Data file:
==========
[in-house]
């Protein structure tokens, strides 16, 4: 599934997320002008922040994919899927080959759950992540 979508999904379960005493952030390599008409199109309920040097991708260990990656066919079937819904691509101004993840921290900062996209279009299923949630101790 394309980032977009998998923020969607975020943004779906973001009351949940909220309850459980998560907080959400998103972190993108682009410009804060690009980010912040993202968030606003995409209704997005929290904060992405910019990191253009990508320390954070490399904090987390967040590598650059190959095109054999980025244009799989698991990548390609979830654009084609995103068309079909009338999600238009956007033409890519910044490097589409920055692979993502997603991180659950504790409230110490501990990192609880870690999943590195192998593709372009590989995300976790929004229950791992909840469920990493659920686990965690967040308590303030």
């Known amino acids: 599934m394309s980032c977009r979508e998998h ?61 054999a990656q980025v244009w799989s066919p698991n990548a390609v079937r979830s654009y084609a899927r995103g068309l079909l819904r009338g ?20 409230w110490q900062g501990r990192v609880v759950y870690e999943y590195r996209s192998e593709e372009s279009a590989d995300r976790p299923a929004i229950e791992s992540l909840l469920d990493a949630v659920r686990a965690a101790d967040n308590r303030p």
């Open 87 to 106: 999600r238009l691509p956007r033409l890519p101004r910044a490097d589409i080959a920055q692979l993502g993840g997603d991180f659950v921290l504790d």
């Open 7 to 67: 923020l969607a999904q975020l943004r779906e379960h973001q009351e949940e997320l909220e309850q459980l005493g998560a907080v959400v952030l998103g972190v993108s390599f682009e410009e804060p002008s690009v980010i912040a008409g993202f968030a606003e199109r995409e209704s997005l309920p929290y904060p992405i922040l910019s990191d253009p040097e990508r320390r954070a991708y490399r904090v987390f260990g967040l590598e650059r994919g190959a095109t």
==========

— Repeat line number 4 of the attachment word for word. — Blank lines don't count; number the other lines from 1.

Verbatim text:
């Open 87 to 106: 999600r238009l691509p956007r033409l890519p101004r910044a490097d589409i080959a920055q692979l993502g993840g997603d991180f659950v921290l504790d």